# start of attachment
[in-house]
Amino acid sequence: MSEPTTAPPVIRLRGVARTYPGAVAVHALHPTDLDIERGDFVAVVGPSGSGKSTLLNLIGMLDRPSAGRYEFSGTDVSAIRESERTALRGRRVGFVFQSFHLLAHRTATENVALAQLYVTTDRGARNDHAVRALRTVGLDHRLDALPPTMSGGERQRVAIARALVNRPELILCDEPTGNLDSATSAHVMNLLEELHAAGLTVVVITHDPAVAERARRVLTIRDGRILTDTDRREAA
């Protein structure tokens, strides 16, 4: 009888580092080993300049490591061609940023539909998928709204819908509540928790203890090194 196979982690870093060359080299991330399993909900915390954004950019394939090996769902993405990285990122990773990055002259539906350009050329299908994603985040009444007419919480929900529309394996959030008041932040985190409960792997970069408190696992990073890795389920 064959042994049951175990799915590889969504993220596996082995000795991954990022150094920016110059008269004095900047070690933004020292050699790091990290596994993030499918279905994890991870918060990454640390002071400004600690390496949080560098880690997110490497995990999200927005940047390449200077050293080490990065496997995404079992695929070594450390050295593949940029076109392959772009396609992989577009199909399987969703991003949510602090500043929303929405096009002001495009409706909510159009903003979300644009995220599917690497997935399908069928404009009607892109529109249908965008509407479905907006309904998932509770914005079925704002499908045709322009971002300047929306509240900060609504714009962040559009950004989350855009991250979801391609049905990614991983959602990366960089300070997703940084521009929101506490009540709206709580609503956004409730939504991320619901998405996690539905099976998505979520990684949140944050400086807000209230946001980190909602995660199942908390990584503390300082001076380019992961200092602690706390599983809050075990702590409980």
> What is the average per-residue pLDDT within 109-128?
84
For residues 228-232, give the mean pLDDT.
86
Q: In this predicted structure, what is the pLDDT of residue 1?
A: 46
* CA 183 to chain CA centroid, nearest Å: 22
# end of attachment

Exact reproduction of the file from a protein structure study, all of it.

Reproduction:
[in-house]
Amino acid sequence: MSEPTTAPPVIRLRGVARTYPGAVAVHALHPTDLDIERGDFVAVVGPSGSGKSTLLNLIGMLDRPSAGRYEFSGTDVSAIRESERTALRGRRVGFVFQSFHLLAHRTATENVALAQLYVTTDRGARNDHAVRALRTVGLDHRLDALPPTMSGGERQRVAIARALVNRPELILCDEPTGNLDSATSAHVMNLLEELHAAGLTVVVITHDPAVAERARRVLTIRDGRILTDTDRREAA
């Protein structure tokens, strides 16, 4: 009888580092080993300049490591061609940023539909998928709204819908509540928790203890090194 196979982690870093060359080299991330399993909900915390954004950019394939090996769902993405990285990122990773990055002259539906350009050329299908994603985040009444007419919480929900529309394996959030008041932040985190409960792997970069408190696992990073890795389920 064959042994049951175990799915590889969504993220596996082995000795991954990022150094920016110059008269004095900047070690933004020292050699790091990290596994993030499918279905994890991870918060990454640390002071400004600690390496949080560098880690997110490497995990999200927005940047390449200077050293080490990065496997995404079992695929070594450390050295593949940029076109392959772009396609992989577009199909399987969703991003949510602090500043929303929405096009002001495009409706909510159009903003979300644009995220599917690497997935399908069928404009009607892109529109249908965008509407479905907006309904998932509770914005079925704002499908045709322009971002300047929306509240900060609504714009962040559009950004989350855009991250979801391609049905990614991983959602990366960089300070997703940084521009929101506490009540709206709580609503956004409730939504991320619901998405996690539905099976998505979520990684949140944050400086807000209230946001980190909602995660199942908390990584503390300082001076380019992961200092602690706390599983809050075990702590409980």
> What is the average per-residue pLDDT within 109-128?
84
For residues 228-232, give the mean pLDDT.
86
Q: In this predicted structure, what is the pLDDT of residue 1?
A: 46
* CA 183 to chain CA centroid, nearest Å: 22